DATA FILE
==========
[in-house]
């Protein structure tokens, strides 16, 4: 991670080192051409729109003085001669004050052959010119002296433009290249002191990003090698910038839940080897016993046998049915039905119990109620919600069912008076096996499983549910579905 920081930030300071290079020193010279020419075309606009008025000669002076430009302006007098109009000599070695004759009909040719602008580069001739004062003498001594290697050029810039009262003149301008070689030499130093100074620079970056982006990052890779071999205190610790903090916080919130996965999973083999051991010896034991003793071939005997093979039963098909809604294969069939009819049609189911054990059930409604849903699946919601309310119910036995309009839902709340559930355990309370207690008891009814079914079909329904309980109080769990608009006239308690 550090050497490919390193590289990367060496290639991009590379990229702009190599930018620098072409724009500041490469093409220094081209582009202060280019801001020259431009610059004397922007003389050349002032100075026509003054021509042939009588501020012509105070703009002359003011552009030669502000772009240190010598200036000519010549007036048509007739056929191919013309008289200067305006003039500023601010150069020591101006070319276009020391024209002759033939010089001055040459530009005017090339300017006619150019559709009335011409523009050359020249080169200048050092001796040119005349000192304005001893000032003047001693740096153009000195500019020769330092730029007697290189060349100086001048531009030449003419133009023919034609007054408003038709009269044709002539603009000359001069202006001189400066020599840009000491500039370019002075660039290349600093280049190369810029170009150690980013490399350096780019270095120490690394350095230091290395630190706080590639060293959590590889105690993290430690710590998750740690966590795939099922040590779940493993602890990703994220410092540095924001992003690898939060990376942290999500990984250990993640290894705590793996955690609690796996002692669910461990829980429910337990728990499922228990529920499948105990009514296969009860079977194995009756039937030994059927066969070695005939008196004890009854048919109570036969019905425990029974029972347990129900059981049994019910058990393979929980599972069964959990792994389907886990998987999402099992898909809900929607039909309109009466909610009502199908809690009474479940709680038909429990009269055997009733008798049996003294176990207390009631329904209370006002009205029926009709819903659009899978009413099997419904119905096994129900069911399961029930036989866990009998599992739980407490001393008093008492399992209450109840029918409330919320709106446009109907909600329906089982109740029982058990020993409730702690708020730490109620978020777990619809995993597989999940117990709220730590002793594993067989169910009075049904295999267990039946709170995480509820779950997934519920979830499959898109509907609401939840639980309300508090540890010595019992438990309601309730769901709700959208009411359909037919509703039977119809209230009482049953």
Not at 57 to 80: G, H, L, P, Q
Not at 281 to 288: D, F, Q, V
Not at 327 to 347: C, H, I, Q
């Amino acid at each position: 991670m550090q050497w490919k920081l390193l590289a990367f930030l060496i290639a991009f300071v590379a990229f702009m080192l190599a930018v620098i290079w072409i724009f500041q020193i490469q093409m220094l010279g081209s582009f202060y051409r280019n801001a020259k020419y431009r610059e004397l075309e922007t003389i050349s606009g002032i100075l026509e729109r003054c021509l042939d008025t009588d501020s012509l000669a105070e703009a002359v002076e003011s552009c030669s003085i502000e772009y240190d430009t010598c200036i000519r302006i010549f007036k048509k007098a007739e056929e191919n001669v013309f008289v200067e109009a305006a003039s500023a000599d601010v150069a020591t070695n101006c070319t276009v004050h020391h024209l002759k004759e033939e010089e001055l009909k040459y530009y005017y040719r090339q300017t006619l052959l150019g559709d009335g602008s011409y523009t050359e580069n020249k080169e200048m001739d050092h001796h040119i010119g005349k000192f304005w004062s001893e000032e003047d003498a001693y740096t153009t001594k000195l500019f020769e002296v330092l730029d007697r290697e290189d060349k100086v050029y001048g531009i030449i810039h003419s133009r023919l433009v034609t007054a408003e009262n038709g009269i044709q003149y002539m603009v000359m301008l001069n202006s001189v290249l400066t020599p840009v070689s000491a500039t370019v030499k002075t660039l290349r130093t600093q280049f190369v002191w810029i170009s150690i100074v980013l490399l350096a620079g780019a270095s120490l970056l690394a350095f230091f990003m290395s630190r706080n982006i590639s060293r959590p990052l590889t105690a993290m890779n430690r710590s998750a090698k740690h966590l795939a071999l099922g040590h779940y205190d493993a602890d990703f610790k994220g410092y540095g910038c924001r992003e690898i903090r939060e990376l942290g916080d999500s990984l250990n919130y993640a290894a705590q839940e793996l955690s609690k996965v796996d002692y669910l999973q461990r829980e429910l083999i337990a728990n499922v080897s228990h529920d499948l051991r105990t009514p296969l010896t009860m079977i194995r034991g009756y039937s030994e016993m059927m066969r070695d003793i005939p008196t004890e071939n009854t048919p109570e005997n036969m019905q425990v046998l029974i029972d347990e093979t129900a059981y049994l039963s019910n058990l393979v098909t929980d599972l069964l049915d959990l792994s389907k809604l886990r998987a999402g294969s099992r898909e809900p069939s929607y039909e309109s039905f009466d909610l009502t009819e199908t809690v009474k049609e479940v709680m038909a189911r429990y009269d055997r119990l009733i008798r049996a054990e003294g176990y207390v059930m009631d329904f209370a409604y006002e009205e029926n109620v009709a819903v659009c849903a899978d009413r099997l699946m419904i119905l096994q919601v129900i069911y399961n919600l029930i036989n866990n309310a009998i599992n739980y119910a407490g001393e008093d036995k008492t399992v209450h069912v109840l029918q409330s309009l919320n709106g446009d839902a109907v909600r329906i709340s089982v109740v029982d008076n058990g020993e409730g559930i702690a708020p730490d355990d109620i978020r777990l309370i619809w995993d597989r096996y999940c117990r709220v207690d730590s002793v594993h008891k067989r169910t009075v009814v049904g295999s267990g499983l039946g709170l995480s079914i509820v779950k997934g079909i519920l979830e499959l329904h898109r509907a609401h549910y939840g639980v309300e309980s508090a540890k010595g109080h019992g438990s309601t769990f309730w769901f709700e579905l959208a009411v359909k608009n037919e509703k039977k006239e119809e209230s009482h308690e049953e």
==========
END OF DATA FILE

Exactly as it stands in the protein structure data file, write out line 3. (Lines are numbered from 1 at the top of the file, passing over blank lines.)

Not at 57 to 80: G, H, L, P, Q